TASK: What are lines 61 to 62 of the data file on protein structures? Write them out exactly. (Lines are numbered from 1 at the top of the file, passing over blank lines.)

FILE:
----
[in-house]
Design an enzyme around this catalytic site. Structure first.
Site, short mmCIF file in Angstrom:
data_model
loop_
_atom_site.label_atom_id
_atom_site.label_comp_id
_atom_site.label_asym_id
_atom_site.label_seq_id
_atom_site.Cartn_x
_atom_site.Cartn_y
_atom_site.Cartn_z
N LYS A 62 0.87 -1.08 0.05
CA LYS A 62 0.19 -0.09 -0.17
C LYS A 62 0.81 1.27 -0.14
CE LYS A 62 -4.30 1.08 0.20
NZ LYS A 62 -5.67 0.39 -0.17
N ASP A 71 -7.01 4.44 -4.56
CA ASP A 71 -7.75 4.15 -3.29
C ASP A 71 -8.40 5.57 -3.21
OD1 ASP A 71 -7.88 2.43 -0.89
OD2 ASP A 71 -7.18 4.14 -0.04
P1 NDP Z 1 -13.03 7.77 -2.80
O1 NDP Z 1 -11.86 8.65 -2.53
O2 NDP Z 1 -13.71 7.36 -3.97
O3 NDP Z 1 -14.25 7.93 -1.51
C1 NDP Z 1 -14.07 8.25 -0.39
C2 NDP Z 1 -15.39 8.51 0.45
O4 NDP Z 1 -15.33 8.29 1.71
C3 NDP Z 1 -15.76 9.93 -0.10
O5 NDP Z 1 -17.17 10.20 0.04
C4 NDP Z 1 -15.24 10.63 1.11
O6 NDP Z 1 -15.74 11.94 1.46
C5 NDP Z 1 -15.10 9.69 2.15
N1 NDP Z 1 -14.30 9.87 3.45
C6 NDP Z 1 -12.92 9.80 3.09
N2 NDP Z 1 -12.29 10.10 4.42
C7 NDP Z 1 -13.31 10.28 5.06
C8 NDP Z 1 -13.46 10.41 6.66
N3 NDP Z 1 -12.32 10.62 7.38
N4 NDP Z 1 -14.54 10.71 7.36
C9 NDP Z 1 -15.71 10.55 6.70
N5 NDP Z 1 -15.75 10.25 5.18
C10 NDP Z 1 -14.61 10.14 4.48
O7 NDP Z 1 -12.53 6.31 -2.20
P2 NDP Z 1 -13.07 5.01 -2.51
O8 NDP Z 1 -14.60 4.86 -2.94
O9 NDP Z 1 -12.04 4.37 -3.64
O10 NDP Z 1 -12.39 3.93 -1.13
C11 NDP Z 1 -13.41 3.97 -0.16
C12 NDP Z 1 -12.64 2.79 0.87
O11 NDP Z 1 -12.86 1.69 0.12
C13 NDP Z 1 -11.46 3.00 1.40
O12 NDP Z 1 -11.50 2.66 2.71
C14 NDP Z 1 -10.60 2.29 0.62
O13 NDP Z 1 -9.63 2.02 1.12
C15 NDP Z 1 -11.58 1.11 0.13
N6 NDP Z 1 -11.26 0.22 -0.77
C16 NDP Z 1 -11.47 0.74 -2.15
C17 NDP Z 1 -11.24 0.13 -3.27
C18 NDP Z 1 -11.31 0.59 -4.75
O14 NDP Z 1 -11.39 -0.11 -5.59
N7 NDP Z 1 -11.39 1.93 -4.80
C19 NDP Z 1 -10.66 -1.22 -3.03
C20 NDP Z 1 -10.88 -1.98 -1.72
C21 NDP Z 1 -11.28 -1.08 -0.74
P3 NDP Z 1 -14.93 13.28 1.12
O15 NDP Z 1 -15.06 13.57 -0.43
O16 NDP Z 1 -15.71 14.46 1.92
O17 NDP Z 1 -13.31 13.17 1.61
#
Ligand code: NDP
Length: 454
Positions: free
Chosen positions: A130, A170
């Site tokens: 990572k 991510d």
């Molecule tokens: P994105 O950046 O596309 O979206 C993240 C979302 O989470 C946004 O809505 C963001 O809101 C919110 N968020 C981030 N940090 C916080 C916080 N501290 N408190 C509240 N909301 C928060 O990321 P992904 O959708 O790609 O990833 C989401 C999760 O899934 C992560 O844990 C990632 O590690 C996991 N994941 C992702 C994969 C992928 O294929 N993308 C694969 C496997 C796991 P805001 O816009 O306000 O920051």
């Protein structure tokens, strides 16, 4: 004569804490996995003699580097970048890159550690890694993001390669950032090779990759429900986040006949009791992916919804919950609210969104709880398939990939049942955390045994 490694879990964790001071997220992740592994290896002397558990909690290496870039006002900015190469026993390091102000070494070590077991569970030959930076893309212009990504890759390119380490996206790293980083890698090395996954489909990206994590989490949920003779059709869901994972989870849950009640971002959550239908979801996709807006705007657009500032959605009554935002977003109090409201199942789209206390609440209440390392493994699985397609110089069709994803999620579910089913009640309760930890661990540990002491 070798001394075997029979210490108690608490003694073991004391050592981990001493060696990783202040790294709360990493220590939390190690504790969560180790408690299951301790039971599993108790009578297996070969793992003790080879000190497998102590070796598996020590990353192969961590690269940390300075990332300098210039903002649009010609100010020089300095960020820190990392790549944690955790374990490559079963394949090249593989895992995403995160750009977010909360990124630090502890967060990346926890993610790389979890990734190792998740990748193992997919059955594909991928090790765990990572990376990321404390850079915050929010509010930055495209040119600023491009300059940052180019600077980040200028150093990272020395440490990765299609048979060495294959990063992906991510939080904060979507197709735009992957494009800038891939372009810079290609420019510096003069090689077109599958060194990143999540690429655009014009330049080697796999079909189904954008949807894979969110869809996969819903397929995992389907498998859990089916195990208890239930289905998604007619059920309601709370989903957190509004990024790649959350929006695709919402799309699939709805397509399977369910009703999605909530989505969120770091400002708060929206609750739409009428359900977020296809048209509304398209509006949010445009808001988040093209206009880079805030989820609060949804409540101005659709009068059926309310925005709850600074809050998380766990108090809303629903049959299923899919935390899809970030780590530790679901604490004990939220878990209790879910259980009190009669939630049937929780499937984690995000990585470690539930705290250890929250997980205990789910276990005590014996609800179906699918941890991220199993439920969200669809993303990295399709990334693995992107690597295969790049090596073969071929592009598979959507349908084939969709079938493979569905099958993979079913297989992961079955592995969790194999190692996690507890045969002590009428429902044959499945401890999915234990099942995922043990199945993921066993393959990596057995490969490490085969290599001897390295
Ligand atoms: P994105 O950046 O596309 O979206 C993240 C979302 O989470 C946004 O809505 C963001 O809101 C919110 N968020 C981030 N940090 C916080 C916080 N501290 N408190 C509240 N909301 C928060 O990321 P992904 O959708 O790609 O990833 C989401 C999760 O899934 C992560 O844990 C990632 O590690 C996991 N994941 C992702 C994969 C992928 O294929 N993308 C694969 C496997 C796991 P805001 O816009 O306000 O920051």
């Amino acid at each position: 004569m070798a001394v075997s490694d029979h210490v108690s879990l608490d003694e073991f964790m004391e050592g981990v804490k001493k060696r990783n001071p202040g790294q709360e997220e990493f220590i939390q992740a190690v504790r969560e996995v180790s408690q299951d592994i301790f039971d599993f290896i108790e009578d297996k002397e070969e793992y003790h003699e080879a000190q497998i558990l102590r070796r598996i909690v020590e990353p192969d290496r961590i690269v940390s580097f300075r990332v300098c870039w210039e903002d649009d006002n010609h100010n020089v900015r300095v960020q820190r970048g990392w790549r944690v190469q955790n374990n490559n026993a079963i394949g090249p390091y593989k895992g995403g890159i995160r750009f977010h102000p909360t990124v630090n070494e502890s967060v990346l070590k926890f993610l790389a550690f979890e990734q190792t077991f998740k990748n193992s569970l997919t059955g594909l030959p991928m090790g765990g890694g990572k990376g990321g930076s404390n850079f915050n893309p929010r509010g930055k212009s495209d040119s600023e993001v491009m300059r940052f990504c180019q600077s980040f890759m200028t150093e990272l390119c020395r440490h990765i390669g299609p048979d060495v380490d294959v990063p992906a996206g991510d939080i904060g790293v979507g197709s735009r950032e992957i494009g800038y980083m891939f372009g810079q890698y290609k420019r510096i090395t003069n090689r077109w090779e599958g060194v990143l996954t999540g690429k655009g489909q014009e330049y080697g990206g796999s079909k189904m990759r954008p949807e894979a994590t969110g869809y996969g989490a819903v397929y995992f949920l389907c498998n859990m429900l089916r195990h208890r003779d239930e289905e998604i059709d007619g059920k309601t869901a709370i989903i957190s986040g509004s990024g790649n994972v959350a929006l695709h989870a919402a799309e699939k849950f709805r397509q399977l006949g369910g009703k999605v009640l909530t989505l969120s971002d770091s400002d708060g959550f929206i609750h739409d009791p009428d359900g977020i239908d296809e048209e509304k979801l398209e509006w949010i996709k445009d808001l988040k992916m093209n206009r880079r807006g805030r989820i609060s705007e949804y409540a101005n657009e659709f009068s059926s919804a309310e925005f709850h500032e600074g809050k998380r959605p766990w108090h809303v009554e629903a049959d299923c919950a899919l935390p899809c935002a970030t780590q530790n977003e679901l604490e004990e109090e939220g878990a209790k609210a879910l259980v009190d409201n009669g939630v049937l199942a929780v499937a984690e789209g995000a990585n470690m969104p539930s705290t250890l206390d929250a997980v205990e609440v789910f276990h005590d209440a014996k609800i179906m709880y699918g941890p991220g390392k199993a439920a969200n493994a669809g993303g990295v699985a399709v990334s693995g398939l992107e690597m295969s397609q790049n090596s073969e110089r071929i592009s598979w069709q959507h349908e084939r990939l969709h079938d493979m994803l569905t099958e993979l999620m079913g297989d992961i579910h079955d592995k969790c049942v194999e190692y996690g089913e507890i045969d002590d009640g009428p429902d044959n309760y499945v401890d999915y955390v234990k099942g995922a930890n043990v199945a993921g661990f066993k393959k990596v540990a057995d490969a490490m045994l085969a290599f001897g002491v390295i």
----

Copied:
C18 NDP Z 1 -11.31 0.59 -4.75
O14 NDP Z 1 -11.39 -0.11 -5.59